One of the inspirations was about victims ability to recognize their own victimization. I love the thought of product messaging that could help with this ... like Christophe's vision of the Geneva convention printed on corn bags. Maybe a universal human rights statement that could help people recognize when their rights were being violated...?
I see your point -- but I do think a data collection component could be involved here. Large corps like Coca Cola must collect lots of data, and changes in consumer behavior could indeed serve as a signaling mechanism. Could big multinationals be persuaded to allow a group like USAID to access their data?
Your idea reminds me of the iconic "Dr. Bronner" packaging, and how people sometimes buy those products more for the packaging than for the item within...not too many brands can make that claim.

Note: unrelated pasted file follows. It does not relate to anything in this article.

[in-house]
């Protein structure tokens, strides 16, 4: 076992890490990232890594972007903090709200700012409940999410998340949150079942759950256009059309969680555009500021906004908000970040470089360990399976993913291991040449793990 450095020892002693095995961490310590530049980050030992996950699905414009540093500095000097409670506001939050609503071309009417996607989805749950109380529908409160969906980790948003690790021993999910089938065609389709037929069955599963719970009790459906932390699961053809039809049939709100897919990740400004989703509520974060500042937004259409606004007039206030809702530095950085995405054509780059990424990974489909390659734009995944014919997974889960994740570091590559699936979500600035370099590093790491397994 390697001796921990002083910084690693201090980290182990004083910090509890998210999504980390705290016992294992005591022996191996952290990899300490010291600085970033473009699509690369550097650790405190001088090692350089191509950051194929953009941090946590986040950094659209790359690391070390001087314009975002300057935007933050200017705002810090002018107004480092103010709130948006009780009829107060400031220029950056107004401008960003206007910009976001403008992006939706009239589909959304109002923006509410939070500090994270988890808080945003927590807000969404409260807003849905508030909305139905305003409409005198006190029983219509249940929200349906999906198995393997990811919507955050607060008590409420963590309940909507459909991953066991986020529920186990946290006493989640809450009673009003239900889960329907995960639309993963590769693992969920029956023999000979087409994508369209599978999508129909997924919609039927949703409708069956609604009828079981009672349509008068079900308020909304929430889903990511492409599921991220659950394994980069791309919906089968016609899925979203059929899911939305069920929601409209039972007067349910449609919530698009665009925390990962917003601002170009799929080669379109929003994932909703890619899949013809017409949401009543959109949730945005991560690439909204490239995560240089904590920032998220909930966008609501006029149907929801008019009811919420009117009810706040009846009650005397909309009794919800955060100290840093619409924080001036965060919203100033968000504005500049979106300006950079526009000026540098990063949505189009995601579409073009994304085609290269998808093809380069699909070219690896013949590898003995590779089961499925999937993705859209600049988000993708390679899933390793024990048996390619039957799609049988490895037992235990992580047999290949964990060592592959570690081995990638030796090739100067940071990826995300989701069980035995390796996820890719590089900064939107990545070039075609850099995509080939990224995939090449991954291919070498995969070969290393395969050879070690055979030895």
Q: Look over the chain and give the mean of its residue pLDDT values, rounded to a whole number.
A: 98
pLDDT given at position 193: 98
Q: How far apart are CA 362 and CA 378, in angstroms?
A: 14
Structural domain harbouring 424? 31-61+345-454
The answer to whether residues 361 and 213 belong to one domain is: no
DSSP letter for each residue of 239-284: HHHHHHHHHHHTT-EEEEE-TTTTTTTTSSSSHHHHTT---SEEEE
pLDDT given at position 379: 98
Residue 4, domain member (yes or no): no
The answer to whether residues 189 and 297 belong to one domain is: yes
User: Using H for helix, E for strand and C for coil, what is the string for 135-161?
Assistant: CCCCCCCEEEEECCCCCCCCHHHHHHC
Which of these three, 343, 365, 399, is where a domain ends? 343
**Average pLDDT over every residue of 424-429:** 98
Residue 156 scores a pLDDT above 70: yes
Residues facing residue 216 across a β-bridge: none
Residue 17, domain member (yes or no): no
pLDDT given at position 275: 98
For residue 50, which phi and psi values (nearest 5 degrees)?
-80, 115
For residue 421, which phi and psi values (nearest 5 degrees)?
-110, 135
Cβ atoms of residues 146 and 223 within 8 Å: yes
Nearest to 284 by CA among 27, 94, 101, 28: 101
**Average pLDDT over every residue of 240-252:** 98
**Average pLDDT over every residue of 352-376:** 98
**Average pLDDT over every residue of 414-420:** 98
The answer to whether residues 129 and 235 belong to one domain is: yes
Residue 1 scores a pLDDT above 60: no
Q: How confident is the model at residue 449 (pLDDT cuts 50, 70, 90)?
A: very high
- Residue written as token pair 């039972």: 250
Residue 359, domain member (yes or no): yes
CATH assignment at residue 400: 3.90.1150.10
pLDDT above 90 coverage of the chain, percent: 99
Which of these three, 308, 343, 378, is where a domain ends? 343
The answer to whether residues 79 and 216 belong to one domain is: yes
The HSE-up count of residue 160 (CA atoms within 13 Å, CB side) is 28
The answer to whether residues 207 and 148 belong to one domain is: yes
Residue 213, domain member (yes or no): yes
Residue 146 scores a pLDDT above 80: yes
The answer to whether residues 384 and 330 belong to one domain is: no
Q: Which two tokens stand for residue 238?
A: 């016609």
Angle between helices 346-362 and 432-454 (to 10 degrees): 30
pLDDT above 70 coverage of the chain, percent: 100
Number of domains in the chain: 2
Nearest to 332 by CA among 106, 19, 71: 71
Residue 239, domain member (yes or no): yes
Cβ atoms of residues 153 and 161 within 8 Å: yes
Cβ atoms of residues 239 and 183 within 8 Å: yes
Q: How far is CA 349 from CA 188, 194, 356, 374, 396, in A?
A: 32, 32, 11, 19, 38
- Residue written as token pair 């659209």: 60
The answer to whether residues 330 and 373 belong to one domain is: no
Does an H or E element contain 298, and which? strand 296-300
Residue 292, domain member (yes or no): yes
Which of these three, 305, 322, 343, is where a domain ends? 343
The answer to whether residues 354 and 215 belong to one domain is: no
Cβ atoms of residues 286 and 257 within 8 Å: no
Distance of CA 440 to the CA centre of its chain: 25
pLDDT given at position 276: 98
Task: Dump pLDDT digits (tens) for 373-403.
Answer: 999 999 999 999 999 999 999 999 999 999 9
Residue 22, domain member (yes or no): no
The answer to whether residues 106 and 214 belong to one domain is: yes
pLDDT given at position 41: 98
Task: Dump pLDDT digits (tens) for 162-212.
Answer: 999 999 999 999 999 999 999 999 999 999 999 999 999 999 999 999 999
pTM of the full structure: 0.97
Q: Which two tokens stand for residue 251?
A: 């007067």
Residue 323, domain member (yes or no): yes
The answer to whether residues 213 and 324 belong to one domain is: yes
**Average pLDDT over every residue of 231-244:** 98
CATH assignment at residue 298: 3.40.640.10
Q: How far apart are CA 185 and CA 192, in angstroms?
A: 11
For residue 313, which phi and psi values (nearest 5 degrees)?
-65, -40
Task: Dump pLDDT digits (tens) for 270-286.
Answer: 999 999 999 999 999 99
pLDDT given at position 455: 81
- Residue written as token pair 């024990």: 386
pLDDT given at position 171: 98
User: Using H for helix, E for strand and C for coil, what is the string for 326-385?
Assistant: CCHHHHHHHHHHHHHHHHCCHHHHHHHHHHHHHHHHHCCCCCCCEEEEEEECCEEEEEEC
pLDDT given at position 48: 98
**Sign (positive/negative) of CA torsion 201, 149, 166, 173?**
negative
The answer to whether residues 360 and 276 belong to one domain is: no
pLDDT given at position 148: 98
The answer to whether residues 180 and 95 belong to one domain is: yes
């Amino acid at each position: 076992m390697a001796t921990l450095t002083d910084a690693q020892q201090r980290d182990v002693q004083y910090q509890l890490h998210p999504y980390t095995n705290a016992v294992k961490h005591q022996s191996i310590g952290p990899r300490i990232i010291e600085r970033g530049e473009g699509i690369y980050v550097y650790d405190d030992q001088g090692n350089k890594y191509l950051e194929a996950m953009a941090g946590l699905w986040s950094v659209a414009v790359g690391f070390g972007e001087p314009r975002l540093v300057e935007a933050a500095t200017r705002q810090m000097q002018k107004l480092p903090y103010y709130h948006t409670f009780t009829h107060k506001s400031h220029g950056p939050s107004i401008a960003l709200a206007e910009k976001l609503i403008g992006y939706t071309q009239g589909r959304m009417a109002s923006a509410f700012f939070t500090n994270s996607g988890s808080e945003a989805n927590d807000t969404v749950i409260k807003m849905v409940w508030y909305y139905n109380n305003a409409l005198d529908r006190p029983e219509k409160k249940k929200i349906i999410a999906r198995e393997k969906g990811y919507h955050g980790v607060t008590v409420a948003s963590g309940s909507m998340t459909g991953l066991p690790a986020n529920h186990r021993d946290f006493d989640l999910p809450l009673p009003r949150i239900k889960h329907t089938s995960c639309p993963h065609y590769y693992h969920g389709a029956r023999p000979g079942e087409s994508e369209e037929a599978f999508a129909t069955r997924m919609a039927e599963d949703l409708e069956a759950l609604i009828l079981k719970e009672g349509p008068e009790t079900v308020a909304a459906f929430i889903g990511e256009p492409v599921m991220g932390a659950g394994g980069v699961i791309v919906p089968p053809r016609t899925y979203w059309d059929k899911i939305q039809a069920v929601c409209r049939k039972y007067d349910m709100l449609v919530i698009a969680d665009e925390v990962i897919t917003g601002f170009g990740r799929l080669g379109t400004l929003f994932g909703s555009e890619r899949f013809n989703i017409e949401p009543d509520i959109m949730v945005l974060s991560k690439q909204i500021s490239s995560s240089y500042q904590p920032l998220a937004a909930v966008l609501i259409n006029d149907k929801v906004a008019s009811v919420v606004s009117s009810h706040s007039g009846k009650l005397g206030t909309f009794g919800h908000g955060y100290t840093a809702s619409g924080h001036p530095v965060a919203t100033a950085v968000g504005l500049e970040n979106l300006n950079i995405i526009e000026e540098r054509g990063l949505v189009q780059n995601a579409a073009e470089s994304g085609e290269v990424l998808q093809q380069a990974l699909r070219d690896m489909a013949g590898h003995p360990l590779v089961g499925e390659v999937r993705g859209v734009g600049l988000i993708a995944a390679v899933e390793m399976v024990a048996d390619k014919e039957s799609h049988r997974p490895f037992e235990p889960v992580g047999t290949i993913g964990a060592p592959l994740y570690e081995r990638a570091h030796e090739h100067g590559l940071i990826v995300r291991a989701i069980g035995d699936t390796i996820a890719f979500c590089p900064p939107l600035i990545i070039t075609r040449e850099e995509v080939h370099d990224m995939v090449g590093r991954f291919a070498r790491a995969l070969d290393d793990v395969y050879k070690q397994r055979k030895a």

I wonder if this idea could also include some kind of "two-way" communication?
If there are established trade routes and consumers making purchasing decisions within these endangered communities, even during times of conflict, perhaps those consumer's brand/product/packaging choices could function as a signal to the outside world, either implicitly or explicitly.
For instance, several kinds of cola might be marketed with labels of different colors, and the choice of "code orange" packaging by consumers would signal a perceived threat.